It's easy to mistrust singles that keep promising they'll matter later and that take themselves as seriously as these; you know they do from that minor chord the melody flashes like a wistful card trick whenever someone says the word "feel." And the songs will matter, but exactly because they won't matter at all--removed from their moment, they'll glow with pure historicity.
The first million times I heard Cornershop's "Brimful of Asha" I didn't get it at all. I was just waiting for Norman Cook's "Brighton" remix--how the opening breaks down the guitar part to primitive jangle and speeds it up to faster miles an hour, until you can hear that it's "Roadrunner," substituting Bollywood for American Top 40, accelerating endlessly around its own history, held in orbit only by nostalgia's gravity.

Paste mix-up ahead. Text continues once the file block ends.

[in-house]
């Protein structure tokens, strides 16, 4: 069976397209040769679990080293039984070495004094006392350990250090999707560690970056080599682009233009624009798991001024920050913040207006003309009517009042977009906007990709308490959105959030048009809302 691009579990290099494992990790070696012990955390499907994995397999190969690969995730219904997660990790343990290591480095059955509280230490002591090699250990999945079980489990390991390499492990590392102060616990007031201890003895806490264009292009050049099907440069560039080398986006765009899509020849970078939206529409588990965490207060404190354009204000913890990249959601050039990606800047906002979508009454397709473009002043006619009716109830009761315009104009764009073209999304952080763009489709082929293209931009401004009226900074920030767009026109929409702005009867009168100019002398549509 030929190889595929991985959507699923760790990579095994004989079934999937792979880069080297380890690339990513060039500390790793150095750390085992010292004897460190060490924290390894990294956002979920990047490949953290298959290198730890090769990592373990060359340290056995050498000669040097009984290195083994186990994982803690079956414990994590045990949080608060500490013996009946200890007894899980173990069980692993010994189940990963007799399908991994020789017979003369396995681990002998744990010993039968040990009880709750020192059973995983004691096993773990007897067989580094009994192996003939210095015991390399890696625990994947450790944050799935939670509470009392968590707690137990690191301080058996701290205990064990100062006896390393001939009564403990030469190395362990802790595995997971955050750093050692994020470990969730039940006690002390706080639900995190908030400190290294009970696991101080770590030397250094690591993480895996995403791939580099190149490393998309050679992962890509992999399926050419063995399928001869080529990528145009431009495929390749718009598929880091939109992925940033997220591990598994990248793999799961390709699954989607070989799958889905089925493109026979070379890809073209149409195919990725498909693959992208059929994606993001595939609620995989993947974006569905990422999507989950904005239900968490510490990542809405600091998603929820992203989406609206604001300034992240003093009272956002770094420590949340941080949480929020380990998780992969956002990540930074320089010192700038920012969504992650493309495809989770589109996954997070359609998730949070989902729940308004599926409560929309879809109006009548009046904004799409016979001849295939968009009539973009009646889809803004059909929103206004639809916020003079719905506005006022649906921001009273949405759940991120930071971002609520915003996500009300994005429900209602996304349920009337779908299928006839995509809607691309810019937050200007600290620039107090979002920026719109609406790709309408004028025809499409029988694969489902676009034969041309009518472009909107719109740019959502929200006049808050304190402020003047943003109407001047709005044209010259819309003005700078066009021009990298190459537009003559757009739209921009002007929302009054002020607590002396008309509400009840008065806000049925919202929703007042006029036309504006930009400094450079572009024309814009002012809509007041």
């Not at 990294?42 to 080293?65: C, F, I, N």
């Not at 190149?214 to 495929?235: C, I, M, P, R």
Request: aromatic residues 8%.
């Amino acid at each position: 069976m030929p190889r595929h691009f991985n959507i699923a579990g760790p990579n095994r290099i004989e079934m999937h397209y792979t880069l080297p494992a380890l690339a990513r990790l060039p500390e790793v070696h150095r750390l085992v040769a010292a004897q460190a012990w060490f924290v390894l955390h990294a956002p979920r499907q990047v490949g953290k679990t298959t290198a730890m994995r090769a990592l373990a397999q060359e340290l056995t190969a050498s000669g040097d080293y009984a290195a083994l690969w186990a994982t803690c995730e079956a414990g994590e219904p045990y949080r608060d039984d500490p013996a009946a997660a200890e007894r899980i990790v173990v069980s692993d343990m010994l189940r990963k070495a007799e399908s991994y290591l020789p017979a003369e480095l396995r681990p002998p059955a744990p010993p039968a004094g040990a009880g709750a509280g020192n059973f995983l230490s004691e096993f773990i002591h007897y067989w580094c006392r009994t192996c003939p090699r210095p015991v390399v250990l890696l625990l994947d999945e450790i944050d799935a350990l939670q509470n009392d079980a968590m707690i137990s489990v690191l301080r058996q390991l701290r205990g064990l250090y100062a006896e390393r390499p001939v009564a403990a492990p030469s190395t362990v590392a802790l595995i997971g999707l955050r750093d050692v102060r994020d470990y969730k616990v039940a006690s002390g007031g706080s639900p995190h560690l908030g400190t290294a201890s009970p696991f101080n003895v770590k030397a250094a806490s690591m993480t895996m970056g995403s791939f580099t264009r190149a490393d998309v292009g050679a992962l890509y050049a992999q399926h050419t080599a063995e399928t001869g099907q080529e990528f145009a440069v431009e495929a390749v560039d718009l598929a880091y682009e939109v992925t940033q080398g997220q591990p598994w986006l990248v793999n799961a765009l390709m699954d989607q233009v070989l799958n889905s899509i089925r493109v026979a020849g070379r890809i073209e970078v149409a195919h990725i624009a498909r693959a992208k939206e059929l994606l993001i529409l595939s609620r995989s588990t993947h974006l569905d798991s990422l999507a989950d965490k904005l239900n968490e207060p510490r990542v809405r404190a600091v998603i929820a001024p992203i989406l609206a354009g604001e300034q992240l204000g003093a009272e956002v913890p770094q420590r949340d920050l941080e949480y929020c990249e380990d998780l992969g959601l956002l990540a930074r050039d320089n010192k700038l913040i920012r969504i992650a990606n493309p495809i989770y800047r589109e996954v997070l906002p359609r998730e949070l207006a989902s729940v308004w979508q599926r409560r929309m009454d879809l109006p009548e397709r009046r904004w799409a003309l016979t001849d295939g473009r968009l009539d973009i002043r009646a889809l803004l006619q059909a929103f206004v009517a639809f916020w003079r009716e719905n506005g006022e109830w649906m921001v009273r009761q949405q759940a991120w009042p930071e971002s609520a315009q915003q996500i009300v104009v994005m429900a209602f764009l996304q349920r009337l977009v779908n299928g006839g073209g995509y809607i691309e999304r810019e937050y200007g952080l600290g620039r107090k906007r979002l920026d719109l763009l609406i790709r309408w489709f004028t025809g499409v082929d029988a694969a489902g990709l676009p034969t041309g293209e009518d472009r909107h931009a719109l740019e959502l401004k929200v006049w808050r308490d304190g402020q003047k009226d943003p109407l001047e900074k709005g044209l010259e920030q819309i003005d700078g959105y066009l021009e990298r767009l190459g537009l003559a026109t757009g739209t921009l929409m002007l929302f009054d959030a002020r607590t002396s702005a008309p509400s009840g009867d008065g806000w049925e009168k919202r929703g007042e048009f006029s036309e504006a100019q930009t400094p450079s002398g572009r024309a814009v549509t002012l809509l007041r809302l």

The sound these singles make transmutes into that gravity later--as we drive past the Stop and Shop one night in the future, they'll remind us that this is how the world sounded one summer--from the morning past the evening to the end of the light. And we'll forget the distracting spectacle of the Fair itself, the pretty maids all in a row exchanging Grammy photos.